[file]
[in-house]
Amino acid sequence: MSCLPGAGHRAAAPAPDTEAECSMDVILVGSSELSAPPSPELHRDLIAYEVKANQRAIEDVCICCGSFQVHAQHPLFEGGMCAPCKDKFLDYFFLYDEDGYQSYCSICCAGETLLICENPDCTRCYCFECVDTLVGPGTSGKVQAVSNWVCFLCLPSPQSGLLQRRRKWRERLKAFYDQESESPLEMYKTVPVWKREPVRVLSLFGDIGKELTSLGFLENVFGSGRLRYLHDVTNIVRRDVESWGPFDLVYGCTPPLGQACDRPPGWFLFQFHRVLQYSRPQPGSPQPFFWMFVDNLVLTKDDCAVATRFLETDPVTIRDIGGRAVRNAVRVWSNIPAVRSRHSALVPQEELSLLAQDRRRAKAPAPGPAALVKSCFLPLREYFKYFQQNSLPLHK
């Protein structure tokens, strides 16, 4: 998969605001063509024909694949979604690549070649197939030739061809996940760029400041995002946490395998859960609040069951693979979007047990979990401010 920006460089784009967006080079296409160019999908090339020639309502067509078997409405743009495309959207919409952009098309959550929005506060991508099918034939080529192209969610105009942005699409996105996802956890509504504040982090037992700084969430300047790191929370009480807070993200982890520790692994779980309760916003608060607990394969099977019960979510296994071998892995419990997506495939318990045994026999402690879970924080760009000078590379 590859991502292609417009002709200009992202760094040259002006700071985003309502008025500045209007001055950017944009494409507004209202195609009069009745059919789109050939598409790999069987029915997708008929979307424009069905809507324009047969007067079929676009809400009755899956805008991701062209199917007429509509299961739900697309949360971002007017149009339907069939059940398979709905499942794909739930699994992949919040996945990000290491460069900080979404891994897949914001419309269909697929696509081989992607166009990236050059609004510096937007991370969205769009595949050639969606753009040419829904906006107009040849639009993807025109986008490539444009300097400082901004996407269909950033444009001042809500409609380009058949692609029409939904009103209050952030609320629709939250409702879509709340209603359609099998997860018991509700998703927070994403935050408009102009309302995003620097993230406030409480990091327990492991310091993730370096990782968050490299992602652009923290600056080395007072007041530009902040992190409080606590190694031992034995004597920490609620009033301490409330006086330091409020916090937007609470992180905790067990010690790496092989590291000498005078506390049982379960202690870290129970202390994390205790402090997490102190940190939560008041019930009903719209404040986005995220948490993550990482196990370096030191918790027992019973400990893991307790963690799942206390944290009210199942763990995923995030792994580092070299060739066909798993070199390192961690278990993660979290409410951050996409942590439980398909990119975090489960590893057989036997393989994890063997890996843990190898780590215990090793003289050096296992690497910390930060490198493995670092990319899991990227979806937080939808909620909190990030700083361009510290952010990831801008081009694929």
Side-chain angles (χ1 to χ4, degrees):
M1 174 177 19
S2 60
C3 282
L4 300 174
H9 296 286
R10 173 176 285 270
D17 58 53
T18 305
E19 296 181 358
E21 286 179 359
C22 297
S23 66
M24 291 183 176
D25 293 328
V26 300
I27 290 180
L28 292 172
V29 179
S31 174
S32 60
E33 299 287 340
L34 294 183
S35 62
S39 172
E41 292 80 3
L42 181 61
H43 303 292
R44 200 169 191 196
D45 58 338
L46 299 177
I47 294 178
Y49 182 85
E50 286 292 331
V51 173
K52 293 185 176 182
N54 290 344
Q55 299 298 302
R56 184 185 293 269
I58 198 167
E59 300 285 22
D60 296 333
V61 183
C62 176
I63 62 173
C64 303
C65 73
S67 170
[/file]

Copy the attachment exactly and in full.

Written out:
[in-house]
Amino acid sequence: MSCLPGAGHRAAAPAPDTEAECSMDVILVGSSELSAPPSPELHRDLIAYEVKANQRAIEDVCICCGSFQVHAQHPLFEGGMCAPCKDKFLDYFFLYDEDGYQSYCSICCAGETLLICENPDCTRCYCFECVDTLVGPGTSGKVQAVSNWVCFLCLPSPQSGLLQRRRKWRERLKAFYDQESESPLEMYKTVPVWKREPVRVLSLFGDIGKELTSLGFLENVFGSGRLRYLHDVTNIVRRDVESWGPFDLVYGCTPPLGQACDRPPGWFLFQFHRVLQYSRPQPGSPQPFFWMFVDNLVLTKDDCAVATRFLETDPVTIRDIGGRAVRNAVRVWSNIPAVRSRHSALVPQEELSLLAQDRRRAKAPAPGPAALVKSCFLPLREYFKYFQQNSLPLHK
């Protein structure tokens, strides 16, 4: 998969605001063509024909694949979604690549070649197939030739061809996940760029400041995002946490395998859960609040069951693979979007047990979990401010 920006460089784009967006080079296409160019999908090339020639309502067509078997409405743009495309959207919409952009098309959550929005506060991508099918034939080529192209969610105009942005699409996105996802956890509504504040982090037992700084969430300047790191929370009480807070993200982890520790692994779980309760916003608060607990394969099977019960979510296994071998892995419990997506495939318990045994026999402690879970924080760009000078590379 590859991502292609417009002709200009992202760094040259002006700071985003309502008025500045209007001055950017944009494409507004209202195609009069009745059919789109050939598409790999069987029915997708008929979307424009069905809507324009047969007067079929676009809400009755899956805008991701062209199917007429509509299961739900697309949360971002007017149009339907069939059940398979709905499942794909739930699994992949919040996945990000290491460069900080979404891994897949914001419309269909697929696509081989992607166009990236050059609004510096937007991370969205769009595949050639969606753009040419829904906006107009040849639009993807025109986008490539444009300097400082901004996407269909950033444009001042809500409609380009058949692609029409939904009103209050952030609320629709939250409702879509709340209603359609099998997860018991509700998703927070994403935050408009102009309302995003620097993230406030409480990091327990492991310091993730370096990782968050490299992602652009923290600056080395007072007041530009902040992190409080606590190694031992034995004597920490609620009033301490409330006086330091409020916090937007609470992180905790067990010690790496092989590291000498005078506390049982379960202690870290129970202390994390205790402090997490102190940190939560008041019930009903719209404040986005995220948490993550990482196990370096030191918790027992019973400990893991307790963690799942206390944290009210199942763990995923995030792994580092070299060739066909798993070199390192961690278990993660979290409410951050996409942590439980398909990119975090489960590893057989036997393989994890063997890996843990190898780590215990090793003289050096296992690497910390930060490198493995670092990319899991990227979806937080939808909620909190990030700083361009510290952010990831801008081009694929």
Side-chain angles (χ1 to χ4, degrees):
M1 174 177 19
S2 60
C3 282
L4 300 174
H9 296 286
R10 173 176 285 270
D17 58 53
T18 305
E19 296 181 358
E21 286 179 359
C22 297
S23 66
M24 291 183 176
D25 293 328
V26 300
I27 290 180
L28 292 172
V29 179
S31 174
S32 60
E33 299 287 340
L34 294 183
S35 62
S39 172
E41 292 80 3
L42 181 61
H43 303 292
R44 200 169 191 196
D45 58 338
L46 299 177
I47 294 178
Y49 182 85
E50 286 292 331
V51 173
K52 293 185 176 182
N54 290 344
Q55 299 298 302
R56 184 185 293 269
I58 198 167
E59 300 285 22
D60 296 333
V61 183
C62 176
I63 62 173
C64 303
C65 73
S67 170